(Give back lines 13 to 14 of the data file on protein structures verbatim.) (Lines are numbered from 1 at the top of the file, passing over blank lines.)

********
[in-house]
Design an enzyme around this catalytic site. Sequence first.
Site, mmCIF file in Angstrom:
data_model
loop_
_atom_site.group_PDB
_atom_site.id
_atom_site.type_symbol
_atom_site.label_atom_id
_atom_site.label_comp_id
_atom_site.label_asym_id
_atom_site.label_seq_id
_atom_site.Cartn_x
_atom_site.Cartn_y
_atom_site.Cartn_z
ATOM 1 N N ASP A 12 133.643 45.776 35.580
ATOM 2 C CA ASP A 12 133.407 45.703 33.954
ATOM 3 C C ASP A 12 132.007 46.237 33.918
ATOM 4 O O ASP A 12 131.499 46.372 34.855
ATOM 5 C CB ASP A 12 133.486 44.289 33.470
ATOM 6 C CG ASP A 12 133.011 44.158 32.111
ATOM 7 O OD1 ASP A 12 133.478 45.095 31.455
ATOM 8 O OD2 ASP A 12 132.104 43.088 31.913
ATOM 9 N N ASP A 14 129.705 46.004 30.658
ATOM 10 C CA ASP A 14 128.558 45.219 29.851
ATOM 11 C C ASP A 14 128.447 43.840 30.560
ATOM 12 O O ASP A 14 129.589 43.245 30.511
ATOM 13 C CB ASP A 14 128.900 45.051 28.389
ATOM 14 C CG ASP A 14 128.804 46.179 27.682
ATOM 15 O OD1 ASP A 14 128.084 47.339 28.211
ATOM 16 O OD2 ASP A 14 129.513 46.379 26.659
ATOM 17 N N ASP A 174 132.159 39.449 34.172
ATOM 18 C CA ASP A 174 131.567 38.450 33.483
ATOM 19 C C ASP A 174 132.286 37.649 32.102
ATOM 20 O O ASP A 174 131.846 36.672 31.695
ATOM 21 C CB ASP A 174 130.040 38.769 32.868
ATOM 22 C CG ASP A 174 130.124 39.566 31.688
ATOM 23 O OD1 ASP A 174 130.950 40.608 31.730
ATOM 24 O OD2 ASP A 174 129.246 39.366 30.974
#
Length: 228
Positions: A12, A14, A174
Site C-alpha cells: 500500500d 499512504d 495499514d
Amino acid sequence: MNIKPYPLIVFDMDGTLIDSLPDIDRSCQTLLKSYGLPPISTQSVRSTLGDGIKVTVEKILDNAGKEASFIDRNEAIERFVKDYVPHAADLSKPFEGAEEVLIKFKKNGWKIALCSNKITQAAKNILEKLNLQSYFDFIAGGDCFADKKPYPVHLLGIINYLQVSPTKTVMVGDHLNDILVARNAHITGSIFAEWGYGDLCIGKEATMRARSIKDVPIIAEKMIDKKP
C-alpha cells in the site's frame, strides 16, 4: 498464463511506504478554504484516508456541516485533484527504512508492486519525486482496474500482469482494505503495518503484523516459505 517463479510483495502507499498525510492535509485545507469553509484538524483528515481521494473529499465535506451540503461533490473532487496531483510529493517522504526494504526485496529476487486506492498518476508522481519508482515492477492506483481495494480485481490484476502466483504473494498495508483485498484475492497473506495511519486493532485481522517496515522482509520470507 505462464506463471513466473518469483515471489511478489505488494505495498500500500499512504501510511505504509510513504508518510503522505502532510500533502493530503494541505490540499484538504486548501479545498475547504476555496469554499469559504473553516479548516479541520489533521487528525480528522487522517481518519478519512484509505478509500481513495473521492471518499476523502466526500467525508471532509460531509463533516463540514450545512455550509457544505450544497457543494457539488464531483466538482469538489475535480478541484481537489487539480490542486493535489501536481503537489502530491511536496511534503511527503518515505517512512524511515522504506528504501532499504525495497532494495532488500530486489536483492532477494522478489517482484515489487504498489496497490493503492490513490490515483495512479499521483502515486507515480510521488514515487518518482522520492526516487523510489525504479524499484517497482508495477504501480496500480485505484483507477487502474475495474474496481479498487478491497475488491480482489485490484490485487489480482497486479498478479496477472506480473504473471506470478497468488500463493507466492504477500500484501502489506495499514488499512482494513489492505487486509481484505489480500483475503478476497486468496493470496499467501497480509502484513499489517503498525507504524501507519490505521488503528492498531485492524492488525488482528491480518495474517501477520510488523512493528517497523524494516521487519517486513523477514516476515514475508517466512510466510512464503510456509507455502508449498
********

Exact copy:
_atom_site.Cartn_x
_atom_site.Cartn_y